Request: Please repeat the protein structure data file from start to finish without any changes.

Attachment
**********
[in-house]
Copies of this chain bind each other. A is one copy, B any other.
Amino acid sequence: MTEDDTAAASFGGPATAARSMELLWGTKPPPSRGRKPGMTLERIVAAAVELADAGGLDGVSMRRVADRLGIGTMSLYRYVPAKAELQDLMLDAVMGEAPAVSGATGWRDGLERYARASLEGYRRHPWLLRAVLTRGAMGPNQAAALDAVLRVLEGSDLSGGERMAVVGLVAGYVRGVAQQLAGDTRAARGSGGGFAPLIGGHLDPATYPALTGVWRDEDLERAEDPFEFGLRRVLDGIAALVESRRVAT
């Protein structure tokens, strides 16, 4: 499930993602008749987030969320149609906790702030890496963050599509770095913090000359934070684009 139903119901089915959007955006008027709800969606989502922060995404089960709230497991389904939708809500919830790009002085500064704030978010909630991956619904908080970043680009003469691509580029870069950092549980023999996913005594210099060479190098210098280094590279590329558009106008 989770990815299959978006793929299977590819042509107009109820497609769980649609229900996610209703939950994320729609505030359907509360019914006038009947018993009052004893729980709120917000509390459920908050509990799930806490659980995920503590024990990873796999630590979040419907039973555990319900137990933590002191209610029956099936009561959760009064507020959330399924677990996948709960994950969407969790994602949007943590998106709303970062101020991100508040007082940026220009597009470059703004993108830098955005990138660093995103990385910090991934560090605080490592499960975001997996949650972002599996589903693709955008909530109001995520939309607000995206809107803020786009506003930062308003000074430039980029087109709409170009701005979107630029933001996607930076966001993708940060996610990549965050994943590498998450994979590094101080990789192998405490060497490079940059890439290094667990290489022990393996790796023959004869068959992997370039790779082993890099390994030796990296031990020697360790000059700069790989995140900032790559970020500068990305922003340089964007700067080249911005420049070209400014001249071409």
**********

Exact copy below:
[in-house]
Copies of this chain bind each other. A is one copy, B any other.
Amino acid sequence: MTEDDTAAASFGGPATAARSMELLWGTKPPPSRGRKPGMTLERIVAAAVELADAGGLDGVSMRRVADRLGIGTMSLYRYVPAKAELQDLMLDAVMGEAPAVSGATGWRDGLERYARASLEGYRRHPWLLRAVLTRGAMGPNQAAALDAVLRVLEGSDLSGGERMAVVGLVAGYVRGVAQQLAGDTRAARGSGGGFAPLIGGHLDPATYPALTGVWRDEDLERAEDPFEFGLRRVLDGIAALVESRRVAT
């Protein structure tokens, strides 16, 4: 499930993602008749987030969320149609906790702030890496963050599509770095913090000359934070684009 139903119901089915959007955006008027709800969606989502922060995404089960709230497991389904939708809500919830790009002085500064704030978010909630991956619904908080970043680009003469691509580029870069950092549980023999996913005594210099060479190098210098280094590279590329558009106008 989770990815299959978006793929299977590819042509107009109820497609769980649609229900996610209703939950994320729609505030359907509360019914006038009947018993009052004893729980709120917000509390459920908050509990799930806490659980995920503590024990990873796999630590979040419907039973555990319900137990933590002191209610029956099936009561959760009064507020959330399924677990996948709960994950969407969790994602949007943590998106709303970062101020991100508040007082940026220009597009470059703004993108830098955005990138660093995103990385910090991934560090605080490592499960975001997996949650972002599996589903693709955008909530109001995520939309607000995206809107803020786009506003930062308003000074430039980029087109709409170009701005979107630029933001996607930076966001993708940060996610990549965050994943590498998450994979590094101080990789192998405490060497490079940059890439290094667990290489022990393996790796023959004869068959992997370039790779082993890099390994030796990296031990020697360790000059700069790989995140900032790559970020500068990305922003340089964007700067080249911005420049070209400014001249071409």